Learn How to Protect Yourself from Deadbeat Tenants in an Instant
Signing a lease with a new tenant is a step you take with caution. What if this person is negligent and does damage to your rental property? What if they terrorize their neighbors? Worst of all, what if they don’t pay their rent?
You cannot count on your intuition to choose a new tenant.
You did your due diligence when you purchased your income property. You wanted to ensure that you would get a good return on your investment. It is even more important that you conduct due diligence when it is time to rent out those units. An immediate, comprehensive landlord credit check will help shield your real estate assets against deadbeat tenants, expensive eviction costs and loss of your rental income in addition to avoiding a great deal of aggravation. Most importantly, you are avoiding the financial pain of a vacant rental unit.
The difference between finding a great tenant and one who turns out to be a freeloader may be revealed in the information you discover when running a credit check on a potential tenant. Generally, an up-to-date credit report covers the past seven to ten years. It will help you figure out if the applicant can pay rent on time without getting into financial difficulties.
Arming yourself with the personal and financial history and fiscal habits of a possible renter will shield you from an expensive eviction and costly lawsuits in the future. Before you hand over the keys, you can achieve peace of mind while protecting your rental investment with a simple, instant rental credit check on your prospective tenants. As an AAOA member, it takes just a few minutes to see if they are likely to respect your unit or pay their rent on time.
Following are the five areas of information that a tenant background check will reveal about your applicant. They can protect you from renting to a deadbeat tenant.
What does a tenant credit check reveal?
- Personal Information
This section of the tenant background check includes the applicant’s current and former names, aliases, their social security number and date of birth. Their present and past addresses and employment history are also included.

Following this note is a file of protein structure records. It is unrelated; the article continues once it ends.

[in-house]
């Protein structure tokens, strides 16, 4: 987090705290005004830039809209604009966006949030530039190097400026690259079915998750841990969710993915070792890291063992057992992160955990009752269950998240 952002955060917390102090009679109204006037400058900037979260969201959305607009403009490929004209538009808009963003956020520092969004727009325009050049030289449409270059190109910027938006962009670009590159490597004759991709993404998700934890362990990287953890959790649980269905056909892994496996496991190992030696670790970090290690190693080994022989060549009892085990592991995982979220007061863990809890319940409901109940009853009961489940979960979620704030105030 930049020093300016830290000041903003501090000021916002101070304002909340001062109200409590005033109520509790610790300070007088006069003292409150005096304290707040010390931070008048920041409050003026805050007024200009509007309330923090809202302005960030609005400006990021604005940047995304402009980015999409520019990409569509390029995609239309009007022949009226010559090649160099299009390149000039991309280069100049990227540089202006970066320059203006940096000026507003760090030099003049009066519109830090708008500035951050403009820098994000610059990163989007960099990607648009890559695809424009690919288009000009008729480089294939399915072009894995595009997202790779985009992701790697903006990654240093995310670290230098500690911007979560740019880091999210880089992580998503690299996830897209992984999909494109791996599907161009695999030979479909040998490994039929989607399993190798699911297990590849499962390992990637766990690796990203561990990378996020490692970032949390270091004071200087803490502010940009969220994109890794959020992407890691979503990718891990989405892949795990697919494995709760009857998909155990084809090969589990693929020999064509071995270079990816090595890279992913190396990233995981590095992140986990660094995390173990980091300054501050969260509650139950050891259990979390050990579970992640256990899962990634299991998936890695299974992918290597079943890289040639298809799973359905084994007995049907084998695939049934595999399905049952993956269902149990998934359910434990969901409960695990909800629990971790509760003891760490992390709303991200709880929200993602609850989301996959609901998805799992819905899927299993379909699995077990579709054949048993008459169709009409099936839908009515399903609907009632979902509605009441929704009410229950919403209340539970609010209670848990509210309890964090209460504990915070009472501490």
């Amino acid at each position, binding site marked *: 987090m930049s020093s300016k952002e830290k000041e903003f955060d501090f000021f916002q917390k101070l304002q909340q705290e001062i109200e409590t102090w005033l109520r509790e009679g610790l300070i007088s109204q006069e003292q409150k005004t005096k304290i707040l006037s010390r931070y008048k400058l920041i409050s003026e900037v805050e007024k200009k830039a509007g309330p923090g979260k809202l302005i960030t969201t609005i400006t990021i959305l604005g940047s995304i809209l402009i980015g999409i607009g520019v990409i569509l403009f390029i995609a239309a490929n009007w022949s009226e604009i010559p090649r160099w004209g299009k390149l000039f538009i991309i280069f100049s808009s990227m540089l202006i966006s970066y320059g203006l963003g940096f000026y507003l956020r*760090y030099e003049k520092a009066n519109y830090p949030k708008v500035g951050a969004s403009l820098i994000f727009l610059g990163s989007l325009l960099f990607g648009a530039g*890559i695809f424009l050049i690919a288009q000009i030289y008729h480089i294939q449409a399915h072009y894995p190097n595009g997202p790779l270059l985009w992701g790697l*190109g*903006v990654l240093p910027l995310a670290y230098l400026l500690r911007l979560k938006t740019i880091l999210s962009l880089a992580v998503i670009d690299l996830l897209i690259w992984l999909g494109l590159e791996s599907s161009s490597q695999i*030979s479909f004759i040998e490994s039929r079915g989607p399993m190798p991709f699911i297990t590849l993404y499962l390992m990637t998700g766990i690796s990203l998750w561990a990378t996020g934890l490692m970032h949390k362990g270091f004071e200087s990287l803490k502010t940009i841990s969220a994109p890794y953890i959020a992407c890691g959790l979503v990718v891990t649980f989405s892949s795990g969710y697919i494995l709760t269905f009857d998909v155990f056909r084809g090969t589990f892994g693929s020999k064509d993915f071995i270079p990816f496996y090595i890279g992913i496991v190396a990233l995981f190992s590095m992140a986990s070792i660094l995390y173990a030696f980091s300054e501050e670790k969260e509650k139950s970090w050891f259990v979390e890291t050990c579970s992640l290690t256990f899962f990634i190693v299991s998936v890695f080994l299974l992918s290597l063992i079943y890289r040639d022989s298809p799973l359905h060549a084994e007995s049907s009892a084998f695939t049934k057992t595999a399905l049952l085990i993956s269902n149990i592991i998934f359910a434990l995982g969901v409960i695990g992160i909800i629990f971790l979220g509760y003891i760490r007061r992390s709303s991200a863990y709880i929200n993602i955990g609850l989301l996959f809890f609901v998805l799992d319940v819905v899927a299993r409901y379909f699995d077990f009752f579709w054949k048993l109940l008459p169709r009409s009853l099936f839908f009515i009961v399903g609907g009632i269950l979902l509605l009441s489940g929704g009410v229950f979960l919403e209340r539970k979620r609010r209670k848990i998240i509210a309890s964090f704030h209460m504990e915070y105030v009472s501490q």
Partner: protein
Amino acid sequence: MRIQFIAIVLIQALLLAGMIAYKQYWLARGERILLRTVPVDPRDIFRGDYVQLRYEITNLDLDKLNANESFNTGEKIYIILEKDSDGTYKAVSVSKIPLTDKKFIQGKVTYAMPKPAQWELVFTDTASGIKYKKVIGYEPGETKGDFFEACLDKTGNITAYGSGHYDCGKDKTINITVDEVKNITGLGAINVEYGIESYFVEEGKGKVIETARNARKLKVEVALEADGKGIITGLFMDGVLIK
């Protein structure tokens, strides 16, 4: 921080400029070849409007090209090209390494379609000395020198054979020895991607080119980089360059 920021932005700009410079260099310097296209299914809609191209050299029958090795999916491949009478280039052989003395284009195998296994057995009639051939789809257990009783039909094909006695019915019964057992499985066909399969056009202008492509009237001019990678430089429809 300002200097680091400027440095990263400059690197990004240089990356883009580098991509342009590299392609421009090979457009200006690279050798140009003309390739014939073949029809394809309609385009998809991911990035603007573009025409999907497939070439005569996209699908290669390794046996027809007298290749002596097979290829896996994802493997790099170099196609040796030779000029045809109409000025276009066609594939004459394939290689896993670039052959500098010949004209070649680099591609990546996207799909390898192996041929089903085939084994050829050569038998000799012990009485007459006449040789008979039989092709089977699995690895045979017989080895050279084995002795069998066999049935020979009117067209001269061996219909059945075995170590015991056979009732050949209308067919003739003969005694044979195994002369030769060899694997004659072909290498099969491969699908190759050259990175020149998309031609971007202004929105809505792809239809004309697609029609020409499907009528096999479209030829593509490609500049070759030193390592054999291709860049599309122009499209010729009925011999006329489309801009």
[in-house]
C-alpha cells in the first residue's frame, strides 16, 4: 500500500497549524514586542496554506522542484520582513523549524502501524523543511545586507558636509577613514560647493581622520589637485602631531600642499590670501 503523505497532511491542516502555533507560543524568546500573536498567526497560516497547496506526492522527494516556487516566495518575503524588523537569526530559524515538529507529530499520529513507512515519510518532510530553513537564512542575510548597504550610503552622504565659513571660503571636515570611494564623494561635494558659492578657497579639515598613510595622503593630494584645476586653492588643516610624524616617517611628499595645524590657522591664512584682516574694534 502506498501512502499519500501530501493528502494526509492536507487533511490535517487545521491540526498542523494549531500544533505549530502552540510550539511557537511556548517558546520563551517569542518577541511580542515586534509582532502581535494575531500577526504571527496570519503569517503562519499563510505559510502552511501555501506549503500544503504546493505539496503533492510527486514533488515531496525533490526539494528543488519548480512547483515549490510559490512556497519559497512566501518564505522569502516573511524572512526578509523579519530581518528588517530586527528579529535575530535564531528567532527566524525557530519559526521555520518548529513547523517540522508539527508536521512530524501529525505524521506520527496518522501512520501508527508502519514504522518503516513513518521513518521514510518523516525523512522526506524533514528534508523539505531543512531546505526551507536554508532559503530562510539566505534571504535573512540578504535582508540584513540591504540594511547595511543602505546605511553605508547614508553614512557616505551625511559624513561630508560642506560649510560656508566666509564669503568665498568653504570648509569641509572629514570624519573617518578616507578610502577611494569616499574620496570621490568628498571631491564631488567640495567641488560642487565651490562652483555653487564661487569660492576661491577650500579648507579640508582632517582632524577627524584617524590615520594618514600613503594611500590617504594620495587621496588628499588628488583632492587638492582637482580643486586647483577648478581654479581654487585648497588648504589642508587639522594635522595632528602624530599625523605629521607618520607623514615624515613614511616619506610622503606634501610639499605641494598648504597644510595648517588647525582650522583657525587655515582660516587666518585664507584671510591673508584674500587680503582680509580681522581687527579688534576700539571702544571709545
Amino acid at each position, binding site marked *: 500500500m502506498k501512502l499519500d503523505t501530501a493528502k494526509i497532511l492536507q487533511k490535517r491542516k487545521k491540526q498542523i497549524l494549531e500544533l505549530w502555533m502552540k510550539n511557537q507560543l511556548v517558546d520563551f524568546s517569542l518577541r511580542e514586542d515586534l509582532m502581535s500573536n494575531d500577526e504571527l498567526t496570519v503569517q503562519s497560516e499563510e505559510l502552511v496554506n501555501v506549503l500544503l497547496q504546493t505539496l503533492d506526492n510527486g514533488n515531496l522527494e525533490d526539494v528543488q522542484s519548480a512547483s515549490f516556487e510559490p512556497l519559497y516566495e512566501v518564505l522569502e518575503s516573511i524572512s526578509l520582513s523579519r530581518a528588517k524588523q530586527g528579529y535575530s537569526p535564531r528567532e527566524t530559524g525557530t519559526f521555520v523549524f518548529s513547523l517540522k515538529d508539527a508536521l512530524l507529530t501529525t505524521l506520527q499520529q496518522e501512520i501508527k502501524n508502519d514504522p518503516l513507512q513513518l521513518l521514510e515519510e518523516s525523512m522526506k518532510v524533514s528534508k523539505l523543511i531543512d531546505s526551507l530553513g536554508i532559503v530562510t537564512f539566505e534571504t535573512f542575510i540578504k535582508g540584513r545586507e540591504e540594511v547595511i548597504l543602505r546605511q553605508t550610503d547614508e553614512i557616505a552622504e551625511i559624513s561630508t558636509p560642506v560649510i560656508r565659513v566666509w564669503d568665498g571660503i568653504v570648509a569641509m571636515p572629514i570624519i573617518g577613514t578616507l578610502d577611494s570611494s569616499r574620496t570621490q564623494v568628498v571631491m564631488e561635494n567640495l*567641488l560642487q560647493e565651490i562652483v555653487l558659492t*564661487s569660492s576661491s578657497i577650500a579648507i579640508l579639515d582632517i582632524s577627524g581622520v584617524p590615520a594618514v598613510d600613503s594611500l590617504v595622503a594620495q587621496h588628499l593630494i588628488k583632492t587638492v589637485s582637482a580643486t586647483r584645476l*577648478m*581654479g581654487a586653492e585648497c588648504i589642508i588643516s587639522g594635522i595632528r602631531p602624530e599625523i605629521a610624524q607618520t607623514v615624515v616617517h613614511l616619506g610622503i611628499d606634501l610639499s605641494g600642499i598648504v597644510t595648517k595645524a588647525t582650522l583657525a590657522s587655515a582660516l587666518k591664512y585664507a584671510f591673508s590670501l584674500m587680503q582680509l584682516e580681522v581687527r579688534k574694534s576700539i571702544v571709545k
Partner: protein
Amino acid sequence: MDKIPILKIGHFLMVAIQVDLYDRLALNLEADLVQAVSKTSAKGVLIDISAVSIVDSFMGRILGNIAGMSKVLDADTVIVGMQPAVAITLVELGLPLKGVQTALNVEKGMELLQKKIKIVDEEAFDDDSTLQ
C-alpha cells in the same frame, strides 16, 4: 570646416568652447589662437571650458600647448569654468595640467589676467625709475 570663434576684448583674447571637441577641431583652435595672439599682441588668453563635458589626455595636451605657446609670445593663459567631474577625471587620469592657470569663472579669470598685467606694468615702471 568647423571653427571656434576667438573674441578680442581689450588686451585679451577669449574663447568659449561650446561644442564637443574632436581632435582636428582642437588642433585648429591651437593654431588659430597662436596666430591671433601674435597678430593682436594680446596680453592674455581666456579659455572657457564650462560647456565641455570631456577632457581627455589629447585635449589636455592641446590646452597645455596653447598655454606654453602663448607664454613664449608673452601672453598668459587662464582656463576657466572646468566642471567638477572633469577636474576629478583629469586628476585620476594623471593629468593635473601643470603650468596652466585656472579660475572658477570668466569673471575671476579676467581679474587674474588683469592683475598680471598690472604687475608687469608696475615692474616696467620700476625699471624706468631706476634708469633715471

- Credit Rating (FICO Score)
The FICO score provided is based on reported credit information. No additional information is considered for the score. As a responsible landlord, you should be evaluating not only the FICO score but their eviction records, criminal history and other information available, such as TeleCheck and sex offender searches.
- Negative or Potentially Negative Items
Information about negative or potentially negative items is typically on the first page of the credit report. It can include mortgage information, credit cards and revolving accounts. Does your tenant have a history of paying bills by the due date? You can find any accounts that are past due, discharged or in collection. You’ll find the name of the collection agency, amount and type of the collection and whether it has been paid. This data can indicate whether they are likely to pay their rent on time.
Psychologists agree that past behavior is a useful marker for future behavior. If prospective tenants have a history of not paying their bills or habitually paying their bills late, it is likely that this behavior will continue in the future – meaning that rent payments will be late or missed.
On the other hand, people do change. If the late payments or non-payments are old and the tenant has been paying bills on time since the negative items occurred, it may be possible that it was a one-time mistake and they are attempting to correct their past irresponsible behavior.
- Bankruptcy, Eviction or Foreclosure on a Home
A prior bankruptcy, eviction, monetary judgment, liens or foreclosure on a home are obviously a bright red flag that need further investigation and perhaps a conversation with the applicant regarding the circumstances of a negative item. It may be that the applicant had a lengthy period of unemployment due to health problems. Or they may have lost their income due to outside conditions, such as a recession. Hear what they say before making your final decision.
- Individual Credit Accounts and Loans